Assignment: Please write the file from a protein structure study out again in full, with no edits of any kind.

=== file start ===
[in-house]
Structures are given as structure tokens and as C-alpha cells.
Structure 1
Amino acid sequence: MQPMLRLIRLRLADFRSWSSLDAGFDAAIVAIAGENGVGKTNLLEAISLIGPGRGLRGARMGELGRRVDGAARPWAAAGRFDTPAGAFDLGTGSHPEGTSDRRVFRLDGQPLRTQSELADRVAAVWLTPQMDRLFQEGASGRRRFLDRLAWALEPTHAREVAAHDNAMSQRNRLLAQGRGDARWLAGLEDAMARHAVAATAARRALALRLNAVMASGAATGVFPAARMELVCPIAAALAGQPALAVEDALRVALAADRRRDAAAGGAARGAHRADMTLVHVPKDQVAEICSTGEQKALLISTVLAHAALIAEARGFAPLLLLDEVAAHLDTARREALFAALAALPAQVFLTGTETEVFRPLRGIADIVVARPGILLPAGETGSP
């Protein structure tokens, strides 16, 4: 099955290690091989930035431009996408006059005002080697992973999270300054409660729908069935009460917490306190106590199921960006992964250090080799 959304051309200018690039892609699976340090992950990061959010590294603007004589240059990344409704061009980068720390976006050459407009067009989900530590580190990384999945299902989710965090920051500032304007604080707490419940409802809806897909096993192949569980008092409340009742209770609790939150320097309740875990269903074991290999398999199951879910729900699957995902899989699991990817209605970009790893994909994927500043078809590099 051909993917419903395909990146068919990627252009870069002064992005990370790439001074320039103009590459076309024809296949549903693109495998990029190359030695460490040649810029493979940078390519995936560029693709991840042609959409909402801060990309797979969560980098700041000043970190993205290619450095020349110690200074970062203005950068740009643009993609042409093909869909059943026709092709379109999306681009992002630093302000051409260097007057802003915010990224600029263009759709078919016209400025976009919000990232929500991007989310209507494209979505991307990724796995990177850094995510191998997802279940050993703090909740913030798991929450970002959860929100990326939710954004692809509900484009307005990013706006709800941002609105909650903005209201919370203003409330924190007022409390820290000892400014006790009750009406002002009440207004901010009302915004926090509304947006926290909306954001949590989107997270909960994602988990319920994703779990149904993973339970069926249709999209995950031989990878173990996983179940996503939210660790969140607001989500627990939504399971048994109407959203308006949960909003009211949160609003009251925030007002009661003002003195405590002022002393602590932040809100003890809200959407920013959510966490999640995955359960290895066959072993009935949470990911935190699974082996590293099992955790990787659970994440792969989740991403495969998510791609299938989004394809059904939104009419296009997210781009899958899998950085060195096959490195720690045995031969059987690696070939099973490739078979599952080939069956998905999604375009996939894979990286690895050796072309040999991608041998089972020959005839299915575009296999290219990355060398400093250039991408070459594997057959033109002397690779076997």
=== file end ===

[in-house]
Structures are given as structure tokens and as C-alpha cells.
Structure 1
Amino acid sequence: MQPMLRLIRLRLADFRSWSSLDAGFDAAIVAIAGENGVGKTNLLEAISLIGPGRGLRGARMGELGRRVDGAARPWAAAGRFDTPAGAFDLGTGSHPEGTSDRRVFRLDGQPLRTQSELADRVAAVWLTPQMDRLFQEGASGRRRFLDRLAWALEPTHAREVAAHDNAMSQRNRLLAQGRGDARWLAGLEDAMARHAVAATAARRALALRLNAVMASGAATGVFPAARMELVCPIAAALAGQPALAVEDALRVALAADRRRDAAAGGAARGAHRADMTLVHVPKDQVAEICSTGEQKALLISTVLAHAALIAEARGFAPLLLLDEVAAHLDTARREALFAALAALPAQVFLTGTETEVFRPLRGIADIVVARPGILLPAGETGSP
């Protein structure tokens, strides 16, 4: 099955290690091989930035431009996408006059005002080697992973999270300054409660729908069935009460917490306190106590199921960006992964250090080799 959304051309200018690039892609699976340090992950990061959010590294603007004589240059990344409704061009980068720390976006050459407009067009989900530590580190990384999945299902989710965090920051500032304007604080707490419940409802809806897909096993192949569980008092409340009742209770609790939150320097309740875990269903074991290999398999199951879910729900699957995902899989699991990817209605970009790893994909994927500043078809590099 051909993917419903395909990146068919990627252009870069002064992005990370790439001074320039103009590459076309024809296949549903693109495998990029190359030695460490040649810029493979940078390519995936560029693709991840042609959409909402801060990309797979969560980098700041000043970190993205290619450095020349110690200074970062203005950068740009643009993609042409093909869909059943026709092709379109999306681009992002630093302000051409260097007057802003915010990224600029263009759709078919016209400025976009919000990232929500991007989310209507494209979505991307990724796995990177850094995510191998997802279940050993703090909740913030798991929450970002959860929100990326939710954004692809509900484009307005990013706006709800941002609105909650903005209201919370203003409330924190007022409390820290000892400014006790009750009406002002009440207004901010009302915004926090509304947006926290909306954001949590989107997270909960994602988990319920994703779990149904993973339970069926249709999209995950031989990878173990996983179940996503939210660790969140607001989500627990939504399971048994109407959203308006949960909003009211949160609003009251925030007002009661003002003195405590002022002393602590932040809100003890809200959407920013959510966490999640995955359960290895066959072993009935949470990911935190699974082996590293099992955790990787659970994440792969989740991403495969998510791609299938989004394809059904939104009419296009997210781009899958899998950085060195096959490195720690045995031969059987690696070939099973490739078979599952080939069956998905999604375009996939894979990286690895050796072309040999991608041998089972020959005839299915575009296999290219990355060398400093250039991408070459594997057959033109002397690779076997």